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Learning about Creative Commons licenses was a game changer for me. I’d been teaching undergraduates for almost two decades when I first heard Cable Green speak about how open educational resources can allow for easier sharing and collaboration around educational materials. I sensed that a seismic shift was going to happen in my pedagogy, but it’s taken me a few years to see OER's even larger potential for my work.

When my students and I developed The Open Anthology of Earlier American Literature in order to replace a commercial anthology of public-domain literature, the idea was pretty basic: save students about $86 a pop and share the work so other students and faculty could use and improve the book. When the anthology took off and students and scholars started to revise and add to it, and my own class began to develop nondisposable assignments that added texture and context to the literature in the collection, I realized that the cost-saving aspect of OER is only the beginning of their benefits.

But part of my excitement about the power of OER is tempered by my sense that we are dabbling in the trees while the forest is on fire. By now, most people involved with OER know the truly shocking statistics about textbook costs and how they adversely affect student success. The more I learned about textbook costs, though, the less I cared about them, in particular. In other words, I started to see them as just one of the prohibitive ancillary expenses that students face as they try to fund their college educations.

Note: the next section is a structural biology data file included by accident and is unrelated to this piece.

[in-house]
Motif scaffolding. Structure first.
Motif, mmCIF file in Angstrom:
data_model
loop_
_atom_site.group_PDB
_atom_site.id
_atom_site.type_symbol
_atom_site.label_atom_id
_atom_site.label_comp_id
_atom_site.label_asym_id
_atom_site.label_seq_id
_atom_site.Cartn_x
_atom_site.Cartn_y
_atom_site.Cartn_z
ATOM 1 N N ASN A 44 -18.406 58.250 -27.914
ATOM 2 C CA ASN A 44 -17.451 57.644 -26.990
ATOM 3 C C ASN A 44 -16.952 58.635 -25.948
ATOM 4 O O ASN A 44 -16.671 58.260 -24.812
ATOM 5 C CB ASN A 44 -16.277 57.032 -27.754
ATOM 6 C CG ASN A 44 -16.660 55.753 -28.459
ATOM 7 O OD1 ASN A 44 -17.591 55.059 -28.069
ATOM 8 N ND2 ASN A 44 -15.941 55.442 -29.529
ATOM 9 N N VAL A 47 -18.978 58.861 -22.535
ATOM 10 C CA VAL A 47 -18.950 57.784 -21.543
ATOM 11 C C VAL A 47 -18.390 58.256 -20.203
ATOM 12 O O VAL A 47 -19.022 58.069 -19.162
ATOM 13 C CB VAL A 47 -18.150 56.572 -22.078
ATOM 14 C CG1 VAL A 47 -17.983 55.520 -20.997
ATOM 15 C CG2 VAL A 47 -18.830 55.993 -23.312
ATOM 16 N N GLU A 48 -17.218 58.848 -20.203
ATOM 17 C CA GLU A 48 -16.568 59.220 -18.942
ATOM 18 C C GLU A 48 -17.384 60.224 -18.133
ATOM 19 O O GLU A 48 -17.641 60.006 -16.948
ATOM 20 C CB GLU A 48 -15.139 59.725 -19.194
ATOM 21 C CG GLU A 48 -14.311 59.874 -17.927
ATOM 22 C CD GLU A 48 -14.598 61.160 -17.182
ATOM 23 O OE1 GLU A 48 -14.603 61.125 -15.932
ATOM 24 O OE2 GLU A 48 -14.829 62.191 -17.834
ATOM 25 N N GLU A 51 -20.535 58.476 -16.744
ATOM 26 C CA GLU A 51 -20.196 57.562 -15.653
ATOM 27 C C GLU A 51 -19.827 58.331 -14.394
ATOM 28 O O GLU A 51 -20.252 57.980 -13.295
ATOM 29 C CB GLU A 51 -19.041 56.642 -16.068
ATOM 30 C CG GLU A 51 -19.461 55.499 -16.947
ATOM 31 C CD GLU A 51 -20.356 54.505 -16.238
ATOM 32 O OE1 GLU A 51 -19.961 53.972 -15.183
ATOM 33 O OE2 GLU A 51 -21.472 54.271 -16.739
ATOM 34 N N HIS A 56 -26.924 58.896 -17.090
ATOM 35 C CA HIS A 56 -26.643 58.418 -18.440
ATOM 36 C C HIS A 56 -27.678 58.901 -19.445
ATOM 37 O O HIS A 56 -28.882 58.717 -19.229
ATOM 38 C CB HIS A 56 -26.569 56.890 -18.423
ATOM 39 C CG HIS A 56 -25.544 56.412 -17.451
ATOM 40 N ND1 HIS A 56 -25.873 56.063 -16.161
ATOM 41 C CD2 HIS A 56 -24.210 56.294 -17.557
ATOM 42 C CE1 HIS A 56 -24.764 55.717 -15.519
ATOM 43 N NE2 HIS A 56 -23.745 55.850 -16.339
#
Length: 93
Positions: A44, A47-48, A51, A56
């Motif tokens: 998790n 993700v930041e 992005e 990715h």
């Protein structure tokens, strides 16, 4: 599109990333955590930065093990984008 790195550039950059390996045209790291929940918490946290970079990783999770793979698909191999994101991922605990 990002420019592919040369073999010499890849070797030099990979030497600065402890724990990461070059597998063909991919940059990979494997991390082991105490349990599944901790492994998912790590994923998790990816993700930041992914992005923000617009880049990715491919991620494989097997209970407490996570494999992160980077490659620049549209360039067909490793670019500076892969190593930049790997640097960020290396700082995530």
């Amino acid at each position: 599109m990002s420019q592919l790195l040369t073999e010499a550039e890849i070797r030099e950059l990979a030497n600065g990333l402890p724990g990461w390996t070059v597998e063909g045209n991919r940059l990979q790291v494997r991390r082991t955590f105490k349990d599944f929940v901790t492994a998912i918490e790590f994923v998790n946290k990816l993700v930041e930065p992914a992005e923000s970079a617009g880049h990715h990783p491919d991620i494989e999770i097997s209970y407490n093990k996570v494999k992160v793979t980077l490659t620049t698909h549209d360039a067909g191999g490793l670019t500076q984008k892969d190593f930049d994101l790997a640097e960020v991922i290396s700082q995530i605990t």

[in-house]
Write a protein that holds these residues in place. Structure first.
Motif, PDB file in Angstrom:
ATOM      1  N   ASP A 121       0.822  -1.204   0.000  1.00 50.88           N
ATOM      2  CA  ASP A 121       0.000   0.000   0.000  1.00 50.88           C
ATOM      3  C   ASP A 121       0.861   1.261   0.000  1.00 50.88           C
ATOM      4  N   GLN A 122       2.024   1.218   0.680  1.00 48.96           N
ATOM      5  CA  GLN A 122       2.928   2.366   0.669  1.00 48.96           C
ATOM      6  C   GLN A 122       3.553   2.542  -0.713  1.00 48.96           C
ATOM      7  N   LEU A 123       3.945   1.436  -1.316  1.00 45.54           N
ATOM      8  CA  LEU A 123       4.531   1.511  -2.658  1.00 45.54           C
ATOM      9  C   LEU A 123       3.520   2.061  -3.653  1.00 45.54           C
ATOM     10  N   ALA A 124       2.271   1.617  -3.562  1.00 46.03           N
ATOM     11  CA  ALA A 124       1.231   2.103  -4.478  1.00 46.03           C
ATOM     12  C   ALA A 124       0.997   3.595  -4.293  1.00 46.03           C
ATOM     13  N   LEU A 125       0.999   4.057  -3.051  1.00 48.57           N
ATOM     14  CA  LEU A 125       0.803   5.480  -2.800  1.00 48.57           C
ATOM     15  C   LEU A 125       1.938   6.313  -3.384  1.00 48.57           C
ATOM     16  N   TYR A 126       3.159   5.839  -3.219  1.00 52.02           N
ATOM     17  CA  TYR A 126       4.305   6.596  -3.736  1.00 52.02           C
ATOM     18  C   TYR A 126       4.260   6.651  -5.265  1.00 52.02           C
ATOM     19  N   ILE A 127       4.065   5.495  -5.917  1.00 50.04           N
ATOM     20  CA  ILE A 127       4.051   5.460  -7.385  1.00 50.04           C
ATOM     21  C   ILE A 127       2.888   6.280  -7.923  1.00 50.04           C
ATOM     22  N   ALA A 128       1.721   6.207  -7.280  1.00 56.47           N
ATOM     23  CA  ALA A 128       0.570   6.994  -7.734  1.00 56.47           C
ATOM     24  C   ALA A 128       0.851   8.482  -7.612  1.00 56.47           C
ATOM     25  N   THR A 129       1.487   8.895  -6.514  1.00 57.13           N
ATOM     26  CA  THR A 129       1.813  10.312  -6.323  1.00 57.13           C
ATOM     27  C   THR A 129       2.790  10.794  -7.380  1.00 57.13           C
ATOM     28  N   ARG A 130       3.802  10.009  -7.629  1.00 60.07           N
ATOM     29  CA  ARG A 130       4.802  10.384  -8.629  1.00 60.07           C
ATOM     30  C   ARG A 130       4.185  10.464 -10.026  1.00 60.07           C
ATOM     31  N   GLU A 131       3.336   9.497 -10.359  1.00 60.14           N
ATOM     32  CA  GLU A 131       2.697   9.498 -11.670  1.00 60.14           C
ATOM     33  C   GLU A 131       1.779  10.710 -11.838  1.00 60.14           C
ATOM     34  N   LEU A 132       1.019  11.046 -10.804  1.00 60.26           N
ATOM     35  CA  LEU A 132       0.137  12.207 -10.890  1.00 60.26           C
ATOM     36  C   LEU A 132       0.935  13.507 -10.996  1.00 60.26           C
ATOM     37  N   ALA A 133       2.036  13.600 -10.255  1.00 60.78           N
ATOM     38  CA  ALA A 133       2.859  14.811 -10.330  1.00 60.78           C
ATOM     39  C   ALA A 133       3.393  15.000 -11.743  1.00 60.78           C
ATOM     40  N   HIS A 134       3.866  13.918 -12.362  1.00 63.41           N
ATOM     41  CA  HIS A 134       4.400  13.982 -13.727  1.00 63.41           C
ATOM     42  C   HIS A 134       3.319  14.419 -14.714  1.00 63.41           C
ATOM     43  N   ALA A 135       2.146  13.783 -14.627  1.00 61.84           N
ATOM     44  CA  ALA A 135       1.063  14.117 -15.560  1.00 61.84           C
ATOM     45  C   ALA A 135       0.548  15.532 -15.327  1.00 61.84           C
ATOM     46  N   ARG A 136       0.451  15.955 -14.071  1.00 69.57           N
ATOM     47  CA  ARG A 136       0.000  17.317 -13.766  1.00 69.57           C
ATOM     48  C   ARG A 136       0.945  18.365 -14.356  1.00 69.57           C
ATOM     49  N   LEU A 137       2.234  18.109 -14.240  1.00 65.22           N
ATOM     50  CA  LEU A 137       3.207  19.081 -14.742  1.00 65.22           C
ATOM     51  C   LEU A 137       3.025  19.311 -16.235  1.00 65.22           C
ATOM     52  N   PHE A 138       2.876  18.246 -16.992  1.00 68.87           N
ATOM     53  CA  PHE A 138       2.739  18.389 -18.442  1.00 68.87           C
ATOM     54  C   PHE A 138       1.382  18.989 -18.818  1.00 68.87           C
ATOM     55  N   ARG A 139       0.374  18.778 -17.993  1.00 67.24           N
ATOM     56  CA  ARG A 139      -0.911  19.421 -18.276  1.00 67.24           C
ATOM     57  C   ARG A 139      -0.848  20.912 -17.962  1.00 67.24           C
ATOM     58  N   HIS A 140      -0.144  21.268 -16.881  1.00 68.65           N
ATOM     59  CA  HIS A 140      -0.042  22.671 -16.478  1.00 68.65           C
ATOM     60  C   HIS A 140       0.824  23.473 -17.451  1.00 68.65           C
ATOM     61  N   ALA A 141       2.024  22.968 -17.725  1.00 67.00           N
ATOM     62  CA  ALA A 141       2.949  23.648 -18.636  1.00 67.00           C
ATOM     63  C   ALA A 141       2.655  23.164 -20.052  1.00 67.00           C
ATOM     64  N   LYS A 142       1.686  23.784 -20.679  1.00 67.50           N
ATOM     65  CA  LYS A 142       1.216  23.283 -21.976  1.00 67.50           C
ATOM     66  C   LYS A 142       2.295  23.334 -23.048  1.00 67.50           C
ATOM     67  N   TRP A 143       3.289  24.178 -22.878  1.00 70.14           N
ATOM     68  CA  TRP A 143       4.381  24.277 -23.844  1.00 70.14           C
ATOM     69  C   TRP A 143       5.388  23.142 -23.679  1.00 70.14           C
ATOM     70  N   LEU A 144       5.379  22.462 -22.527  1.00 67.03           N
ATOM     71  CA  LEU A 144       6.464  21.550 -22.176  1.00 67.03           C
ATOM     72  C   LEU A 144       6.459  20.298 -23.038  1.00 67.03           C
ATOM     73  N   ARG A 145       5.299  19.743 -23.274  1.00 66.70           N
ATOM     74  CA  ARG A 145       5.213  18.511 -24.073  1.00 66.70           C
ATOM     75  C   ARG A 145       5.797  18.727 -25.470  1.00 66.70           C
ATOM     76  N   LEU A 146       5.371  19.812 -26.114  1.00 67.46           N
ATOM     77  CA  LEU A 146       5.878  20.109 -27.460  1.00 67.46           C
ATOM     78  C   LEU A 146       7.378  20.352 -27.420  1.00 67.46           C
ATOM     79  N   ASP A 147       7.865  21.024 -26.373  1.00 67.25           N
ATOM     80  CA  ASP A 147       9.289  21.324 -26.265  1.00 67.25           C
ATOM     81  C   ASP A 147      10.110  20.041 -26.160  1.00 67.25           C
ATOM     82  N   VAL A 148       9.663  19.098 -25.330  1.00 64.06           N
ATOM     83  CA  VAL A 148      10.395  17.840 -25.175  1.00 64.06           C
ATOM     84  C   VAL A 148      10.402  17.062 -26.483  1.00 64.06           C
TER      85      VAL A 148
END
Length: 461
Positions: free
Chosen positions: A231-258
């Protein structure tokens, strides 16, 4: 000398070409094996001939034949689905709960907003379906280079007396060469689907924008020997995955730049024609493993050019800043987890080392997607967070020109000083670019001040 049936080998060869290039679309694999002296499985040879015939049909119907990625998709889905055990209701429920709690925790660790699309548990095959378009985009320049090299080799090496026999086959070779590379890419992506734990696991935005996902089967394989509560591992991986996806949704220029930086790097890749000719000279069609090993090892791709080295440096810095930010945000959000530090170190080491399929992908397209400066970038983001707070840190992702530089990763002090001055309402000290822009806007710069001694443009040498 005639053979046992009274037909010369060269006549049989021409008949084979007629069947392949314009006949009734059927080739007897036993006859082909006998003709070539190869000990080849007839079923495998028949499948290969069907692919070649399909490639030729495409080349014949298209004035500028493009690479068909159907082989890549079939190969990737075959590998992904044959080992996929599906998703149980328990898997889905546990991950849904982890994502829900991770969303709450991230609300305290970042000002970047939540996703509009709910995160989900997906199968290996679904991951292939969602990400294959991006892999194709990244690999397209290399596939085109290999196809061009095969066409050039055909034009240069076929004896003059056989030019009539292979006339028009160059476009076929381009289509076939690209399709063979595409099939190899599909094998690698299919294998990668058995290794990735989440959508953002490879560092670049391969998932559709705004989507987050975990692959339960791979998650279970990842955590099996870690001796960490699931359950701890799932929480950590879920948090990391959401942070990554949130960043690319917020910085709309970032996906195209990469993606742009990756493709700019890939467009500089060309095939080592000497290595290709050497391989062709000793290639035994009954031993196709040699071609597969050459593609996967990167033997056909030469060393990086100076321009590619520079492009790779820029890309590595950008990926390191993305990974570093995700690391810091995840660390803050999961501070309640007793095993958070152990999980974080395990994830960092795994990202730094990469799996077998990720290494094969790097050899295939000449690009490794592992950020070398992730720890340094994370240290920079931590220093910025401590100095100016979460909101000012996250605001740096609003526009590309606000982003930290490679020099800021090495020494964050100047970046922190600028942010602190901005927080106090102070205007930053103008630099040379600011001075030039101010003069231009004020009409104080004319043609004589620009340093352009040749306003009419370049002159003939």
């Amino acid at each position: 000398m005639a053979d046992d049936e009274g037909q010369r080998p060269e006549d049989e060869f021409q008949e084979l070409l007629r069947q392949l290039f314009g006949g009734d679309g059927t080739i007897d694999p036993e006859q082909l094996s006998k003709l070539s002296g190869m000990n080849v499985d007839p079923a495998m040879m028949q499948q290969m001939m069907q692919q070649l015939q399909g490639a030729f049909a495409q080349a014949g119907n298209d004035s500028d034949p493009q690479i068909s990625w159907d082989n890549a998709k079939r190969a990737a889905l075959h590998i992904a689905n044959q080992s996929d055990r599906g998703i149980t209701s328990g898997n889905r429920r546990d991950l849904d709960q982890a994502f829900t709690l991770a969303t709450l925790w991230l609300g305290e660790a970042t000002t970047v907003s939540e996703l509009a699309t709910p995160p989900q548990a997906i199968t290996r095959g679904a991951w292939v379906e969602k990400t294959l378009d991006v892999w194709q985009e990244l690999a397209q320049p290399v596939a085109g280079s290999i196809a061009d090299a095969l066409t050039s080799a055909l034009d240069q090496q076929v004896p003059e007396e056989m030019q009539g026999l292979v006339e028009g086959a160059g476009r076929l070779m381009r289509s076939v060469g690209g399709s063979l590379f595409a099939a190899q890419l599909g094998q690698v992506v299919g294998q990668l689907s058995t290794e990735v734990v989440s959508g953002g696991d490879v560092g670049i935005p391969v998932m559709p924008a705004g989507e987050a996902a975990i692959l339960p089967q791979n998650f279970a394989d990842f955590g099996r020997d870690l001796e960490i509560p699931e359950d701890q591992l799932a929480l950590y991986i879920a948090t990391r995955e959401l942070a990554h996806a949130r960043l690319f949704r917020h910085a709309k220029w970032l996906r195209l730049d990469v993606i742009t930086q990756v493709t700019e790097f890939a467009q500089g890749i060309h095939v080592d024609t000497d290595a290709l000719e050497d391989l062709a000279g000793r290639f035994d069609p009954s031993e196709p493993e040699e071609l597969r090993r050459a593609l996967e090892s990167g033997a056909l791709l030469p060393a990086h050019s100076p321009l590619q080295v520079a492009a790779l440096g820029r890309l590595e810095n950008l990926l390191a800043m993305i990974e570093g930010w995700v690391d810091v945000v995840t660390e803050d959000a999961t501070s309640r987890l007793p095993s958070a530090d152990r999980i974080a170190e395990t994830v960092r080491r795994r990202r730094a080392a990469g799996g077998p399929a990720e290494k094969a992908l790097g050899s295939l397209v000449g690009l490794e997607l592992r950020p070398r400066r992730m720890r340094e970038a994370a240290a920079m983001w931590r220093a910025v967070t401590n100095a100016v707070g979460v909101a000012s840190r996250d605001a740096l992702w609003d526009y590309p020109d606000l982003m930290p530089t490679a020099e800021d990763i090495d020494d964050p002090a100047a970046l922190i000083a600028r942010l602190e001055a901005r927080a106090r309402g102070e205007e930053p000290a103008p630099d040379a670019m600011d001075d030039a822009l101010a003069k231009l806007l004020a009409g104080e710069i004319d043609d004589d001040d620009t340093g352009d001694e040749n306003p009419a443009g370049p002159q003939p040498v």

From there, it was just a short hop to realize that for me, OER is a larger social justice issue, foundationally related to the question of who should have access to knowledge, knowledge creation and education. That led me to this question: How can we reframe OER advocacy in a larger landscape of social justice? Because so much of my thinking has been helpfully inflected by my collaborator Rajiv Jhangiani, who lives and teaches in Canada, I have also realized how contextualized the answers to that question are, and should be.

I began considering the larger role of open in a social justice agenda targeted at public higher education in the United States, where I live and teach. First, I looked to Sara Goldrick-Rab's research on how the hidden costs of attending college make college graduation an unattainable goal for such a large portion of our nation’s population. If 50 to 80 percent of the total sticker price of college is coming from nontuition costs, as she demonstrates, we need to confront the complete set of material conditions that constrain students.